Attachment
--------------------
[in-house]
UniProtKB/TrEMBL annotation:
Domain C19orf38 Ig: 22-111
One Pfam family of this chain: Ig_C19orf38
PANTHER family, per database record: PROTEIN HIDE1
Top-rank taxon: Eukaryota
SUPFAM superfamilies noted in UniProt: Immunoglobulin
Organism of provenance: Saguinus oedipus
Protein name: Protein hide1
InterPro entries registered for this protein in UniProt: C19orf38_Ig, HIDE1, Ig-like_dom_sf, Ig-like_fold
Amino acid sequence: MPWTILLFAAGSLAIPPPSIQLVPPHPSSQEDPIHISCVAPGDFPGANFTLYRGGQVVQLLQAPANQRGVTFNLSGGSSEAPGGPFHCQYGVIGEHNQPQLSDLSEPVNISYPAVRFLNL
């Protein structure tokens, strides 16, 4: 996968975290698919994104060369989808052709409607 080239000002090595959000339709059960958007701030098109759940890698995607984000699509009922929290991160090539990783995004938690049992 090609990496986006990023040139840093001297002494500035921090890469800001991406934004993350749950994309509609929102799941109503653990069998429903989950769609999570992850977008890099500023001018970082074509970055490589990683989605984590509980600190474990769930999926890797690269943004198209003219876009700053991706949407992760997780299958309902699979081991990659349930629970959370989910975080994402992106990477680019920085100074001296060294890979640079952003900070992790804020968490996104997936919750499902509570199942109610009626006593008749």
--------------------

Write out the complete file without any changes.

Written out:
[in-house]
UniProtKB/TrEMBL annotation:
Domain C19orf38 Ig: 22-111
One Pfam family of this chain: Ig_C19orf38
PANTHER family, per database record: PROTEIN HIDE1
Top-rank taxon: Eukaryota
SUPFAM superfamilies noted in UniProt: Immunoglobulin
Organism of provenance: Saguinus oedipus
Protein name: Protein hide1
InterPro entries registered for this protein in UniProt: C19orf38_Ig, HIDE1, Ig-like_dom_sf, Ig-like_fold
Amino acid sequence: MPWTILLFAAGSLAIPPPSIQLVPPHPSSQEDPIHISCVAPGDFPGANFTLYRGGQVVQLLQAPANQRGVTFNLSGGSSEAPGGPFHCQYGVIGEHNQPQLSDLSEPVNISYPAVRFLNL
């Protein structure tokens, strides 16, 4: 996968975290698919994104060369989808052709409607 080239000002090595959000339709059960958007701030098109759940890698995607984000699509009922929290991160090539990783995004938690049992 090609990496986006990023040139840093001297002494500035921090890469800001991406934004993350749950994309509609929102799941109503653990069998429903989950769609999570992850977008890099500023001018970082074509970055490589990683989605984590509980600190474990769930999926890797690269943004198209003219876009700053991706949407992760997780299958309902699979081991990659349930629970959370989910975080994402992106990477680019920085100074001296060294890979640079952003900070992790804020968490996104997936919750499902509570199942109610009626006593008749």